He also turns in the best reading I’ve heard of the Symphony: serious and compact when called for in the first and fourth movements, playful and admirably light in texture for the Scherzo, restrained yet songful in the Andante.

Definitely recommended. © 2008 Fanfare Read complete review

Michael Greenhalgh
MusicWeb International, February 2008

"I wouldn’t say Lloyd-Jones outclasses the competition which has its own character but his interpretations stands their corner and honour Sullivan’s melodic gifts. This good value CD does have the advantage in price which will I hope encourage many to become acquainted with Sullivan’s symphony."

Andrew Lamb
Gramophone, November 2007

A welcome coupling, with the ballet as starter for the splendid symhony

A coupling of these works has never appeared before. Yet Mackerras’s medley of Savoy melodies provides an ideal appetizer for Sullivan’s Irish Symphony, distinguished by delightfully easy-going charm and lightness of touch. Mackerras recorded Pineapple Poll complete three times, the versions marked more by progressive improvements in sound quality than by changes in interpretation. If Lloyd-Jones shaves the odd second or two off Mackerras’s timings for individually movements, it’s due as much as anything to the latter’s greater flexibility in allowing the score to unfold. Lloyd-Jones is less successful, too, in drawing out the individual themes of the elaborately woven score. In terms of both performance and recorded sound, Mackerras’s 1982 Decca recording remains the first choice.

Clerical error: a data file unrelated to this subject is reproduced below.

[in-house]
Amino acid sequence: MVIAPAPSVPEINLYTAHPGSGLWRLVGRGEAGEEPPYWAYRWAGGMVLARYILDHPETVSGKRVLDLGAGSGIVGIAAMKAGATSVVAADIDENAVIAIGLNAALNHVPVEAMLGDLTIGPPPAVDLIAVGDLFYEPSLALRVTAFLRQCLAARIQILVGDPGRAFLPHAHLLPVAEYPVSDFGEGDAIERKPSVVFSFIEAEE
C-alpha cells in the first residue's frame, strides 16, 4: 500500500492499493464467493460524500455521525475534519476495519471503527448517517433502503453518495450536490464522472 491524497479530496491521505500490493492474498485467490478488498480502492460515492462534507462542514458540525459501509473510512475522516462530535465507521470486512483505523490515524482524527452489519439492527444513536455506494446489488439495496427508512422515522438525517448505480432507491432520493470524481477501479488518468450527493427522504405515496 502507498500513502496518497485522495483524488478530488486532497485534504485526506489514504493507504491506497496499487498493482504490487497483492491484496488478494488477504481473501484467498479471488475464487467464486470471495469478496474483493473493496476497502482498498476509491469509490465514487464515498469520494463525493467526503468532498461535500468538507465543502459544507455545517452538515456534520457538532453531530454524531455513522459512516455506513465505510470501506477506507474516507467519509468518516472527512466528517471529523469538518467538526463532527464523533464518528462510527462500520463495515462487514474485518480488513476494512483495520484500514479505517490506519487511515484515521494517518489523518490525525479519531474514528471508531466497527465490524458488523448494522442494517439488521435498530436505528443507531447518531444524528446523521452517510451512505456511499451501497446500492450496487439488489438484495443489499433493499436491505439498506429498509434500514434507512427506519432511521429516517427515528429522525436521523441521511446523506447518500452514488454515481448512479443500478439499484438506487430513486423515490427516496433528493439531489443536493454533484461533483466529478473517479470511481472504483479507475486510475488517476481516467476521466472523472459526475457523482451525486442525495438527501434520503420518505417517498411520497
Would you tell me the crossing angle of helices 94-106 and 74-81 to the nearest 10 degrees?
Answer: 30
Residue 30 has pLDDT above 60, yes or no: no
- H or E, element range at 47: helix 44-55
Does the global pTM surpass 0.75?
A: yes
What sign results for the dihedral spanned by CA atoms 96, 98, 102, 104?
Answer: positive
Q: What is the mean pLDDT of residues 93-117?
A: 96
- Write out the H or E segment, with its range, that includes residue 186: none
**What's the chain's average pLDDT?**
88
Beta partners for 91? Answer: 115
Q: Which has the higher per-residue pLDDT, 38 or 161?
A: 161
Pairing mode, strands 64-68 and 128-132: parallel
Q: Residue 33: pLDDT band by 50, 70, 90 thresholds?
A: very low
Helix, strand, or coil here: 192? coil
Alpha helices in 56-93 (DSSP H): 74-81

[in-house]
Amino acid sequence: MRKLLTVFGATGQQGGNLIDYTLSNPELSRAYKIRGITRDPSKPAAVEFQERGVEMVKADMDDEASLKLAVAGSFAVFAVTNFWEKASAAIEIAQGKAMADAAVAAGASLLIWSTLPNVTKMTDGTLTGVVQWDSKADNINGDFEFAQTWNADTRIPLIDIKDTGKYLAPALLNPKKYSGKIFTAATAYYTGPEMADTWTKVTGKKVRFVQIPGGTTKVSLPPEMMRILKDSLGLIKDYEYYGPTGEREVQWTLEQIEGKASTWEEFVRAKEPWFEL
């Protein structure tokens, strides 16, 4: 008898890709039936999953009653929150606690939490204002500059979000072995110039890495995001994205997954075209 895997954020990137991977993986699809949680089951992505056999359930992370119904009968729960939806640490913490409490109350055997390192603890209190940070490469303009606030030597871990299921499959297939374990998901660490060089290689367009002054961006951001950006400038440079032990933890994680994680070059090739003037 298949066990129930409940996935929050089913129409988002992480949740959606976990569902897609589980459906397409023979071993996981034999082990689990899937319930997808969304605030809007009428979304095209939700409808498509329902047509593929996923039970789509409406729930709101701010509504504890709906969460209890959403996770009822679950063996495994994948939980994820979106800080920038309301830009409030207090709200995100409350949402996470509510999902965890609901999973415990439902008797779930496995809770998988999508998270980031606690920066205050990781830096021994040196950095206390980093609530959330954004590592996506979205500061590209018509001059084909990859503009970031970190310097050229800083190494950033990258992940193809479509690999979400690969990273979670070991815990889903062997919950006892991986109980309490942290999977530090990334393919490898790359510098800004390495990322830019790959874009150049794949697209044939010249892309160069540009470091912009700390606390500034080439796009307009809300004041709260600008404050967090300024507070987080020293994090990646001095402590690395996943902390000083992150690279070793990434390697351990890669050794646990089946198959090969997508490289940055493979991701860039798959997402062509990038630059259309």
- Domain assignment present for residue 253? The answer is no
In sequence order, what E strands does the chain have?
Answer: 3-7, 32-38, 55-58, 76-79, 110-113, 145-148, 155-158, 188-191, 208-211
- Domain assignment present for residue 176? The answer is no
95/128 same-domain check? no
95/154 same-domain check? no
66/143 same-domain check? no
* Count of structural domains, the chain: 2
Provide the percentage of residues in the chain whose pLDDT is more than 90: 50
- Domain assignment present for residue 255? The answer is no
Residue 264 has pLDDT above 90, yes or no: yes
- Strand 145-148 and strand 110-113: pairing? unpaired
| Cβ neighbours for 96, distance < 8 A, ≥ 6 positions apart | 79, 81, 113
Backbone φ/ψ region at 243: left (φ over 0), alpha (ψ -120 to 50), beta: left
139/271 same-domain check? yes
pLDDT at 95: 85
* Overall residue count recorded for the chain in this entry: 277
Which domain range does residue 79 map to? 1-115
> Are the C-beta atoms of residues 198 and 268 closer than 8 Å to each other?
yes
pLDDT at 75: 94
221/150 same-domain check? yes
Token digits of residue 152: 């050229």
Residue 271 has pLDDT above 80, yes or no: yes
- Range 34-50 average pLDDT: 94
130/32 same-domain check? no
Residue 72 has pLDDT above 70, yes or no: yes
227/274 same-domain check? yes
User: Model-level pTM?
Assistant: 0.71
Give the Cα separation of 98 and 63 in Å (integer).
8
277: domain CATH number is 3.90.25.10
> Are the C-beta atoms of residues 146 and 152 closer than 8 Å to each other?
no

The Symphony is a different matter. This new version is an improvement both interpretatively and sonically on the pioneering Groves version with the RLPO of almost 40 years ago (EMI, 4/94 – nla), a version that also lacks the first movement’s exposition repeat. More particularly, Lloyd-Jones has the edge on Hickox and the BBC Philharmonic (Chandos, 3/01) in the natural unfolding and emotional contrasts of the work. There’s a more inherent urgency to the outer movements and greater attention to instrumental detail throughout. The second movement is especially beautifully done. Even for those who have an earlier version there’s a strong case for this inexpensive newcomer. For those who don’t, the recommendation is a clear one.